The QR code system was invented in 1994 by Toyota‘s subsidiary, Denso Wave. Its purpose was to track vehicles during manufacture; it was designed to allow high-speed component scanning. Although initially used for tracking parts in vehicle manufacturing, QR codes now are used in a much broader context, including both commercial tracking applications and convenience-oriented applications aimed at mobile phone users (termed mobile tagging). QR codes may be used to display text to the user, to add a vCard contact to the user’s device, to open a Uniform Resource Identifier (URI), or to compose an e-mail or text message. Users can generate and print their own QR codes for others to scan and use by visiting one of several paid and free QR code generating sites or apps. It has since become one of the most-used types of two-dimensional barcode.
My aim in this is to produce a QR code ABC but not in the standard sense. This code will be produced digitally then printed on to OHP transparencies. After this they will be reproduced in the dark room using traditional methods of silver based developing, using the transparency as a negative and making a darkroom print. Once ready I will scan the darkroom prints back to digital files and present as an A3 Print using Photoshop to stich everything together.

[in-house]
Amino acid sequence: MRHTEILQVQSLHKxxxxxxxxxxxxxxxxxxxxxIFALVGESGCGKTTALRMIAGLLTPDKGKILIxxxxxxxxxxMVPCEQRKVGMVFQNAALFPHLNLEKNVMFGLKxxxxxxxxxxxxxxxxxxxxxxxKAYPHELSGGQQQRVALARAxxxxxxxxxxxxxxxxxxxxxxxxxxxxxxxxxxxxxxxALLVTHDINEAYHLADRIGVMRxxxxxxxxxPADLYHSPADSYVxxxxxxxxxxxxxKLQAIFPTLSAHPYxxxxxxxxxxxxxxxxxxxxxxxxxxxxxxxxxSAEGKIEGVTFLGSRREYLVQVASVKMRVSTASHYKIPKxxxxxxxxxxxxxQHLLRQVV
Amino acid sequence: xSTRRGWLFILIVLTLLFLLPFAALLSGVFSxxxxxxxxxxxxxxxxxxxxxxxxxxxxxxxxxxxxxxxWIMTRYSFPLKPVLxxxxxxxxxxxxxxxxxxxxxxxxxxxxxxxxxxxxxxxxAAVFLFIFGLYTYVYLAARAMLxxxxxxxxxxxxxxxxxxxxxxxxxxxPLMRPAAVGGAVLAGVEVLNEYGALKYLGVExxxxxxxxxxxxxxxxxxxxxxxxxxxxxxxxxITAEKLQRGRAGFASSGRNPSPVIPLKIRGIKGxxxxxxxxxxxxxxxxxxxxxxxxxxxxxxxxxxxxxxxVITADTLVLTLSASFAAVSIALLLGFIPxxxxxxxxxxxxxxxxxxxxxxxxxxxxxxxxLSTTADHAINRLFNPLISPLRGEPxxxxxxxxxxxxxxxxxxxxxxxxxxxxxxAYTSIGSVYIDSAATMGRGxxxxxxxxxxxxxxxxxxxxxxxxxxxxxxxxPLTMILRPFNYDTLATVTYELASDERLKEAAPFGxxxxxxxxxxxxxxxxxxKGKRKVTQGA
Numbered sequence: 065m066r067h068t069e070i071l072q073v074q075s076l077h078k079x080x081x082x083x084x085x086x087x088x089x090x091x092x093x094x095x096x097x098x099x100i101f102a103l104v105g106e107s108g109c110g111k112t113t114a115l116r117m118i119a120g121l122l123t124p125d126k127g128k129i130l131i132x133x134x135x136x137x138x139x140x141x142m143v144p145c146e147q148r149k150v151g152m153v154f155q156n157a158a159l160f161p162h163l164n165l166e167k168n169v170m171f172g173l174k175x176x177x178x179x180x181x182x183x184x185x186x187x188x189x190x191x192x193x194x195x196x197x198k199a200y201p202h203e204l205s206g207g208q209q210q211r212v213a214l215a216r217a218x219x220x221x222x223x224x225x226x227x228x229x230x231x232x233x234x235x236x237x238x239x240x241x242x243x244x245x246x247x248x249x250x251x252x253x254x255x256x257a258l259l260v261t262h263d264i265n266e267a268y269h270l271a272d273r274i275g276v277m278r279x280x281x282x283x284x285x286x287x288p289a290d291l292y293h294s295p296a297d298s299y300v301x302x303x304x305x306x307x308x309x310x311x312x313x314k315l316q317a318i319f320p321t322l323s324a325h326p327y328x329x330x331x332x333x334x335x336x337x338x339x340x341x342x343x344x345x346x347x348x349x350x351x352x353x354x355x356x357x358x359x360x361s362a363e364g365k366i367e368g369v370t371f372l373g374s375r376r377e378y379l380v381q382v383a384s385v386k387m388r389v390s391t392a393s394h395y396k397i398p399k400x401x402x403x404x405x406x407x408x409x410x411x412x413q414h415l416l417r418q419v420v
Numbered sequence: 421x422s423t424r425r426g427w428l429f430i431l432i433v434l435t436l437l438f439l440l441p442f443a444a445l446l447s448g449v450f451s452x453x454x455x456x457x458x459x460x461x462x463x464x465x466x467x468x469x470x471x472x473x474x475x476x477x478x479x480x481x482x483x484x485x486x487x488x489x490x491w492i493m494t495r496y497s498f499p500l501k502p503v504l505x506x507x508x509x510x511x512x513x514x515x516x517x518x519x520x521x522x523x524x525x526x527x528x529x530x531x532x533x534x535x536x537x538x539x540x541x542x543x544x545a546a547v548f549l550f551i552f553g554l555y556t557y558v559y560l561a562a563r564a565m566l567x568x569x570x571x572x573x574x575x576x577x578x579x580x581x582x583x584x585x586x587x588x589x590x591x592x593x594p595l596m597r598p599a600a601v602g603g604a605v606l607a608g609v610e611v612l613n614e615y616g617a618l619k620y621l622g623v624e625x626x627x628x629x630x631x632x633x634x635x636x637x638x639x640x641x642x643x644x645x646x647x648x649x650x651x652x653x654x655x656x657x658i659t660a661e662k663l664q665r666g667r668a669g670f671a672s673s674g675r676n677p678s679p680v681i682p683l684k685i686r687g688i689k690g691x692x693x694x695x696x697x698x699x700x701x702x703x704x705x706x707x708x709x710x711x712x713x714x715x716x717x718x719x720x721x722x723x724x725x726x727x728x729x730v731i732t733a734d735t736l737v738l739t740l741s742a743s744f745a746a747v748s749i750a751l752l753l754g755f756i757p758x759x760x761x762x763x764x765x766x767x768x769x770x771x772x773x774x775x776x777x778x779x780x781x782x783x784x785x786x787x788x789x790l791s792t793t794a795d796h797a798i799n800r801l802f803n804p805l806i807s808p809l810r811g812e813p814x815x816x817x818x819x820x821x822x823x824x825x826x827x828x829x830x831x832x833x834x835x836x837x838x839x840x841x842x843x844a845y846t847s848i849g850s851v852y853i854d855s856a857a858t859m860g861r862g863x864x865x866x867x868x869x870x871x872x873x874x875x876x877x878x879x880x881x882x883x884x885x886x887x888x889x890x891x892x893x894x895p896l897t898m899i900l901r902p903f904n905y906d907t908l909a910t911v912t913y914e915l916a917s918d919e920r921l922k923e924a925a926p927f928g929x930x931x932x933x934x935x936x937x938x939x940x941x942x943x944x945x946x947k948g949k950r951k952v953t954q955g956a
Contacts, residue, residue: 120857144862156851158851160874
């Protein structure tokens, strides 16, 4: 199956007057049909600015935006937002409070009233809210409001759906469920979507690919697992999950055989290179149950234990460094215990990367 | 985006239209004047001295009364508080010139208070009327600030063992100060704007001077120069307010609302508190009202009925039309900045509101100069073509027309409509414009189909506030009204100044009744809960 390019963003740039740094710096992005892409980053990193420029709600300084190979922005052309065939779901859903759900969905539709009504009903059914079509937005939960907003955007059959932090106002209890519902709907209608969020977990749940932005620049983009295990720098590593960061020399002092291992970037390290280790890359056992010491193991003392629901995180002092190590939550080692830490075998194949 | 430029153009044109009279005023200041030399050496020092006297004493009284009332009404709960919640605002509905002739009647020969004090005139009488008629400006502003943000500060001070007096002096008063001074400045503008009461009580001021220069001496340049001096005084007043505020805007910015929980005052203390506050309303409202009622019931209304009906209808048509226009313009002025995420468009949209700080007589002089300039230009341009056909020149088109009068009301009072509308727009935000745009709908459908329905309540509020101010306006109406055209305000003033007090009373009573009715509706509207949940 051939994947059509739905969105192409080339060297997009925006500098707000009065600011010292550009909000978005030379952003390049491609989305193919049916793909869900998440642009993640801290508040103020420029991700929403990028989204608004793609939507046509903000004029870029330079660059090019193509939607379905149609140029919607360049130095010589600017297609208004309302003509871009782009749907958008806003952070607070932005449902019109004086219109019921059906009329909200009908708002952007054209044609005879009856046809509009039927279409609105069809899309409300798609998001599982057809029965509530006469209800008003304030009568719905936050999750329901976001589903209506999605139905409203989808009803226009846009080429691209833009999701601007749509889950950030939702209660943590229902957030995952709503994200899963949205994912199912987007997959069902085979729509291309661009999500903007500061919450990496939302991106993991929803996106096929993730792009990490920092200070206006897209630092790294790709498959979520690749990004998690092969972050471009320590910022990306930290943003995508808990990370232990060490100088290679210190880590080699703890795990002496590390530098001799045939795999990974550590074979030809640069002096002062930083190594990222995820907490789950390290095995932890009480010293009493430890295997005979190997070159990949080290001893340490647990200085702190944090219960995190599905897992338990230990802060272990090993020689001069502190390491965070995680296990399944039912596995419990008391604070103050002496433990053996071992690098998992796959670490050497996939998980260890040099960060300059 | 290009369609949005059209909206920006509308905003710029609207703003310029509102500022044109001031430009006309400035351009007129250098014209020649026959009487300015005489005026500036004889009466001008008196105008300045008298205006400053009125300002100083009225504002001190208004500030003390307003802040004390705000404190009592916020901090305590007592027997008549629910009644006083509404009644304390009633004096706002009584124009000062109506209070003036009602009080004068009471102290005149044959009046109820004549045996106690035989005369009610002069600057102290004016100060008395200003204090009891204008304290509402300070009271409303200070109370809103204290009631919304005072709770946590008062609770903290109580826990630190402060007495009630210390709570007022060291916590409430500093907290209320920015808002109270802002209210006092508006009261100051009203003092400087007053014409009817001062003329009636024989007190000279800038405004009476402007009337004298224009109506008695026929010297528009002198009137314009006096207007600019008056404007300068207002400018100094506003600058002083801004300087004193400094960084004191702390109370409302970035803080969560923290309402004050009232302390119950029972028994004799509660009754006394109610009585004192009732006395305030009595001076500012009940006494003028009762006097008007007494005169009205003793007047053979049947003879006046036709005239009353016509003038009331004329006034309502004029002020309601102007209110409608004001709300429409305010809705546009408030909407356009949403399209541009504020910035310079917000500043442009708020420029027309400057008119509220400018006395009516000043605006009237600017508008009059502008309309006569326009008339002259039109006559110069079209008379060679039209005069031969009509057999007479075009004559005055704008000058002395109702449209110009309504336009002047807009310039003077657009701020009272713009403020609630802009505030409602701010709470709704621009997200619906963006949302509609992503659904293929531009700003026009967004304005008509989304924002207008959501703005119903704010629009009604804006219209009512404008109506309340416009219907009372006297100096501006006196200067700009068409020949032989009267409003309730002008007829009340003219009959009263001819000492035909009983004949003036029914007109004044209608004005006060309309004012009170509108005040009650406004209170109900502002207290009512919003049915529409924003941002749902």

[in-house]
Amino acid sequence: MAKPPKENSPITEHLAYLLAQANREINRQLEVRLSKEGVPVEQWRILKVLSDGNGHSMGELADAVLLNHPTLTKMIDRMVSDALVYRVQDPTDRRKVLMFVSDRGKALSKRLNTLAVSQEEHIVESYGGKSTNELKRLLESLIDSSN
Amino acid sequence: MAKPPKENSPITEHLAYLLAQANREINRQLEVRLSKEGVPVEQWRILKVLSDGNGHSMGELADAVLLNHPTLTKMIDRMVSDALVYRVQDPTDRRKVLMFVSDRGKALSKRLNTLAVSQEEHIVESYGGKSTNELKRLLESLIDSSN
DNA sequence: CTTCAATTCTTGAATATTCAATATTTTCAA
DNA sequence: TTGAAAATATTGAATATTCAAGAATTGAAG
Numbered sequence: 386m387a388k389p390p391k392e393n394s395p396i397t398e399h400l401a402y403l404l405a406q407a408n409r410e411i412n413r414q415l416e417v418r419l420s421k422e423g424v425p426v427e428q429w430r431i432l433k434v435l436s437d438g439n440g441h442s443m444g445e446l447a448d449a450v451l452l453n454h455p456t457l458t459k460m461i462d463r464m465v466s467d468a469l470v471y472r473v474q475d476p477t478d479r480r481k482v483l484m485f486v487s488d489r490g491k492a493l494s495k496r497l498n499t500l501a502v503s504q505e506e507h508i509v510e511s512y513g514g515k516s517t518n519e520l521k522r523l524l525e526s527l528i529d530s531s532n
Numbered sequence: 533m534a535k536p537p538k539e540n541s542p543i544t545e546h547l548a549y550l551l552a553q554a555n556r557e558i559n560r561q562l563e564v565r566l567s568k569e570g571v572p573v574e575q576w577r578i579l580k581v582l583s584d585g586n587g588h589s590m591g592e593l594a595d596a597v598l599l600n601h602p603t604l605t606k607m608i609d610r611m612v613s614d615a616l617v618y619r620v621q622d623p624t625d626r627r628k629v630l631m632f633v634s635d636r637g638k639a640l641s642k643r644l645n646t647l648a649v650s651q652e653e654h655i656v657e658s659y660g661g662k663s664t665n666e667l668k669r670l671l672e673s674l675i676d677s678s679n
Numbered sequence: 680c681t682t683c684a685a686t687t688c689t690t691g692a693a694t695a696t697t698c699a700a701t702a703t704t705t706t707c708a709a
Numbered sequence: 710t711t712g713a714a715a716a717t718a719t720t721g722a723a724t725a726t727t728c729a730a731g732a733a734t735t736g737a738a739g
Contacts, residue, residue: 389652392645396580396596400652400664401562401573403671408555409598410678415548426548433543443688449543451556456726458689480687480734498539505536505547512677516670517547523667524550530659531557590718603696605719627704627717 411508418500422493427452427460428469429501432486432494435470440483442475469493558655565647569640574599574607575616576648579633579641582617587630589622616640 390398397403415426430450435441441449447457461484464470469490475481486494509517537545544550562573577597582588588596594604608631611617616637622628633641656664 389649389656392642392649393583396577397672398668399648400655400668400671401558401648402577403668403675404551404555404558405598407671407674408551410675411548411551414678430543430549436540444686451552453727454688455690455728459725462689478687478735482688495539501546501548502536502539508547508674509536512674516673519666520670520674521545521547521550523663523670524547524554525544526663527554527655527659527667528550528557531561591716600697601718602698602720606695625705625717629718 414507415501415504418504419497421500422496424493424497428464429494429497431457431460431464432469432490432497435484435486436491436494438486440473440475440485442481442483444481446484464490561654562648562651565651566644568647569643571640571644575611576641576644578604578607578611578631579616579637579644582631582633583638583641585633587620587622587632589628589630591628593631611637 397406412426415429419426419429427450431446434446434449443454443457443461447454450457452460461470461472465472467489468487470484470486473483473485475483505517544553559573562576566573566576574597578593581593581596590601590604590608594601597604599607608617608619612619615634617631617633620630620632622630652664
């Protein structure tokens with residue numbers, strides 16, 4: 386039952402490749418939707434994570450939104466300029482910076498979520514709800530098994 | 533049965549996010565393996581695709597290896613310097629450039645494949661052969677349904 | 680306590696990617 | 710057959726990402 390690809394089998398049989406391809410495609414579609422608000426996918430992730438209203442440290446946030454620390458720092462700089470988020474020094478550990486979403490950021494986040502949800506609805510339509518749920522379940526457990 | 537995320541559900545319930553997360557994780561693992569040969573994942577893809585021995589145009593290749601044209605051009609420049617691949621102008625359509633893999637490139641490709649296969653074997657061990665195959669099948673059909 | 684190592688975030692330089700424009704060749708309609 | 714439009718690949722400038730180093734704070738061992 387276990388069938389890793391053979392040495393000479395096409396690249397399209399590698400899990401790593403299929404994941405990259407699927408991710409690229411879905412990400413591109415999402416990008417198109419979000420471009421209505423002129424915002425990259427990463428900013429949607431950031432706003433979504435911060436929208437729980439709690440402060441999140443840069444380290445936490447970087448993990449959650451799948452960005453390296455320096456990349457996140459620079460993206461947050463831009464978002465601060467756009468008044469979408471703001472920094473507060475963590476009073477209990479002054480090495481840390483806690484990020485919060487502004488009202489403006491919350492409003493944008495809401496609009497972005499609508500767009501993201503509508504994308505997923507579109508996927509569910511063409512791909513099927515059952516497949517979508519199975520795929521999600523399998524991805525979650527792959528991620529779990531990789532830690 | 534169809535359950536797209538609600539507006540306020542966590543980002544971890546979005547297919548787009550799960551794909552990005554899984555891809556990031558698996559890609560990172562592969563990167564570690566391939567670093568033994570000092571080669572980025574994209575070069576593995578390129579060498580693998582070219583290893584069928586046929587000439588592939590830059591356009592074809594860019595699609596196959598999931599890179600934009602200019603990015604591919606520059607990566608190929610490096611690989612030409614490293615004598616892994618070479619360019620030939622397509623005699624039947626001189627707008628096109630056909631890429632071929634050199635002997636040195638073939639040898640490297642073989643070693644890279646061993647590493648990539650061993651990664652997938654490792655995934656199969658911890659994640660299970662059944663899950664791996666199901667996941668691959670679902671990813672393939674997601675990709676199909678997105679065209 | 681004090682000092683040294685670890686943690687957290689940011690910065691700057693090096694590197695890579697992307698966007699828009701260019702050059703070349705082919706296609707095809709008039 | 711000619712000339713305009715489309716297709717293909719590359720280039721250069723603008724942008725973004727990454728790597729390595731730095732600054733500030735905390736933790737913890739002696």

I think this idea is pretty cool as it’s taking the alphabet, which is thousands of years old. Making it 21st century digital reproducing the digital version with 19th century analogue methods, then turn it back to digital thus completing a full circle photographic reproduction.
Below you will see my first time experiment from producing a QR code from an online QR code generator, printing it on plain paper. I then took this print to the darkroom and using an enlarger reproduce a darkroom print using traditional darkroom methods and chemicals. I have added examples of these prints alongside test strips I made to get the exposer time correct.
I wanted to keep the darkroom prints nice and clean but I could not achieve this, because the QR code was printed on to paper and that was making the whites very grey. This is nothing that I had envisaged in my head, I want clean blacks and whites so my next step is to use OHP transparencies.
To get an all-round good first exposure I tested at 2 seconds’ intervals and opted finally for and overall 3 second exposer.